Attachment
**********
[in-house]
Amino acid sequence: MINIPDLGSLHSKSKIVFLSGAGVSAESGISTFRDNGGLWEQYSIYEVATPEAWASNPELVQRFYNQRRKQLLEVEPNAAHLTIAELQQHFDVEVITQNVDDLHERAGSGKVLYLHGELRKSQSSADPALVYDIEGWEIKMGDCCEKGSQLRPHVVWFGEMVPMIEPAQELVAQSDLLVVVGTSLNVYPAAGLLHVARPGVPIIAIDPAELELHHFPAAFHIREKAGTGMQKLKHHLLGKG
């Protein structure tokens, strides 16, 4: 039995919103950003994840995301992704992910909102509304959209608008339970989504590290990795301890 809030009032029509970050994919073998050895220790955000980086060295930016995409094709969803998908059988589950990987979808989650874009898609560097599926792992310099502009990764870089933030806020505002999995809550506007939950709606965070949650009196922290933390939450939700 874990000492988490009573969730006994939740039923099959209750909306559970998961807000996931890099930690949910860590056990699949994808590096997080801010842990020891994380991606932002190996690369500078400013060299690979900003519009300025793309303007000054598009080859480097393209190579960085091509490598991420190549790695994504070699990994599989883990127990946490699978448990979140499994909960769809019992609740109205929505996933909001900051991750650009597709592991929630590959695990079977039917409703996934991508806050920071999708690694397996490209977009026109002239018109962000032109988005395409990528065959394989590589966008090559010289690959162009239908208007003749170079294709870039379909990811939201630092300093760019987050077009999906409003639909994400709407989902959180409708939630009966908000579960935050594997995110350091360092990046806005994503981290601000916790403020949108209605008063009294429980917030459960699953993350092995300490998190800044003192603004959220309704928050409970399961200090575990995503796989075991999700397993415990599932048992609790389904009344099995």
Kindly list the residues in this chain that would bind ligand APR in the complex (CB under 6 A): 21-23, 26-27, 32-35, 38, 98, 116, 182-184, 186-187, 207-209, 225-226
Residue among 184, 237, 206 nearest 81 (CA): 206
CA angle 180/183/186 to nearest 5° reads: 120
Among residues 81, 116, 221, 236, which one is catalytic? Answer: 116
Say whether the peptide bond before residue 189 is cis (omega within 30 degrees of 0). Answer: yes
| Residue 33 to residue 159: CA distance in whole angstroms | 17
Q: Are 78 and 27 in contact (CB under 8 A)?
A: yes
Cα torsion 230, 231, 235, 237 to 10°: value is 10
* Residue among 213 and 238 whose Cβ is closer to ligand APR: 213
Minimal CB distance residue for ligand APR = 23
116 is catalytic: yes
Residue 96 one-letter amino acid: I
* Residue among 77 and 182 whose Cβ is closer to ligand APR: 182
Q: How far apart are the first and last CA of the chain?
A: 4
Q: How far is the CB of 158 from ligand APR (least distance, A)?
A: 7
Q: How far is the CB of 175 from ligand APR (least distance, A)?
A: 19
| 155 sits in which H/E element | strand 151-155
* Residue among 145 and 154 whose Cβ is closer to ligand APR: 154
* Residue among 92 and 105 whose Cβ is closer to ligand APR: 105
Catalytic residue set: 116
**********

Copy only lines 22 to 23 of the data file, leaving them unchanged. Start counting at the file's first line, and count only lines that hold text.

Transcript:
Q: How far is the CB of 175 from ligand APR (least distance, A)?
A: 19